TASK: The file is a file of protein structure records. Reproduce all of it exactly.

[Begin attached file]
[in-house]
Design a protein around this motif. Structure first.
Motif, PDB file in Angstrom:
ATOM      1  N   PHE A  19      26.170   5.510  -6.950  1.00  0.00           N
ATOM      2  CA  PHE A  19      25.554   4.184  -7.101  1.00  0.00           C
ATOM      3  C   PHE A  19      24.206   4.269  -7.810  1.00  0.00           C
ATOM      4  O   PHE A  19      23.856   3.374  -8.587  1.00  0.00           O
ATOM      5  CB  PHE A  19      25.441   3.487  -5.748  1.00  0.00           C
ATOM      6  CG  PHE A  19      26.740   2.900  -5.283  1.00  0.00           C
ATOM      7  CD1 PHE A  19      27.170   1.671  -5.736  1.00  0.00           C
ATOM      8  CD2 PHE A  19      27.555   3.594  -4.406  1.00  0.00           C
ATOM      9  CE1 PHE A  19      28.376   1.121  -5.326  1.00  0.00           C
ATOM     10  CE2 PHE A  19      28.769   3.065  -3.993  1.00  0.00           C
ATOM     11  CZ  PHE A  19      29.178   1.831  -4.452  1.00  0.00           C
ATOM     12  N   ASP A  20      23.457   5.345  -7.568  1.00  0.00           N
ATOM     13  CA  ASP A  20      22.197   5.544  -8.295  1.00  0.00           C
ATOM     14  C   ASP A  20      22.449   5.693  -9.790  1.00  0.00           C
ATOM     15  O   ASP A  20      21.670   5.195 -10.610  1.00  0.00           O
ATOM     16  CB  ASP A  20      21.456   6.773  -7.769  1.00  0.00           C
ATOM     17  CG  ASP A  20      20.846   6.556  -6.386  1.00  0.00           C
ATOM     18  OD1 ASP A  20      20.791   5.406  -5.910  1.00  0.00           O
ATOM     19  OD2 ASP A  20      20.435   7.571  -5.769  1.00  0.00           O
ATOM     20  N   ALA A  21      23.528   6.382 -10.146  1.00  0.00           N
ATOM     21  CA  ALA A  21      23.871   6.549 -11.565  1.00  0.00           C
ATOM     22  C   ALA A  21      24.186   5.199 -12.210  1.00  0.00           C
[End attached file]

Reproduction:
[in-house]
Design a protein around this motif. Structure first.
Motif, PDB file in Angstrom:
ATOM      1  N   PHE A  19      26.170   5.510  -6.950  1.00  0.00           N
ATOM      2  CA  PHE A  19      25.554   4.184  -7.101  1.00  0.00           C
ATOM      3  C   PHE A  19      24.206   4.269  -7.810  1.00  0.00           C
ATOM      4  O   PHE A  19      23.856   3.374  -8.587  1.00  0.00           O
ATOM      5  CB  PHE A  19      25.441   3.487  -5.748  1.00  0.00           C
ATOM      6  CG  PHE A  19      26.740   2.900  -5.283  1.00  0.00           C
ATOM      7  CD1 PHE A  19      27.170   1.671  -5.736  1.00  0.00           C
ATOM      8  CD2 PHE A  19      27.555   3.594  -4.406  1.00  0.00           C
ATOM      9  CE1 PHE A  19      28.376   1.121  -5.326  1.00  0.00           C
ATOM     10  CE2 PHE A  19      28.769   3.065  -3.993  1.00  0.00           C
ATOM     11  CZ  PHE A  19      29.178   1.831  -4.452  1.00  0.00           C
ATOM     12  N   ASP A  20      23.457   5.345  -7.568  1.00  0.00           N
ATOM     13  CA  ASP A  20      22.197   5.544  -8.295  1.00  0.00           C
ATOM     14  C   ASP A  20      22.449   5.693  -9.790  1.00  0.00           C
ATOM     15  O   ASP A  20      21.670   5.195 -10.610  1.00  0.00           O
ATOM     16  CB  ASP A  20      21.456   6.773  -7.769  1.00  0.00           C
ATOM     17  CG  ASP A  20      20.846   6.556  -6.386  1.00  0.00           C
ATOM     18  OD1 ASP A  20      20.791   5.406  -5.910  1.00  0.00           O
ATOM     19  OD2 ASP A  20      20.435   7.571  -5.769  1.00  0.00           O
ATOM     20  N   ALA A  21      23.528   6.382 -10.146  1.00  0.00           N
ATOM     21  CA  ALA A  21      23.871   6.549 -11.565  1.00  0.00           C
ATOM     22  C   ALA A  21      24.186   5.199 -12.210  1.00  0.00           C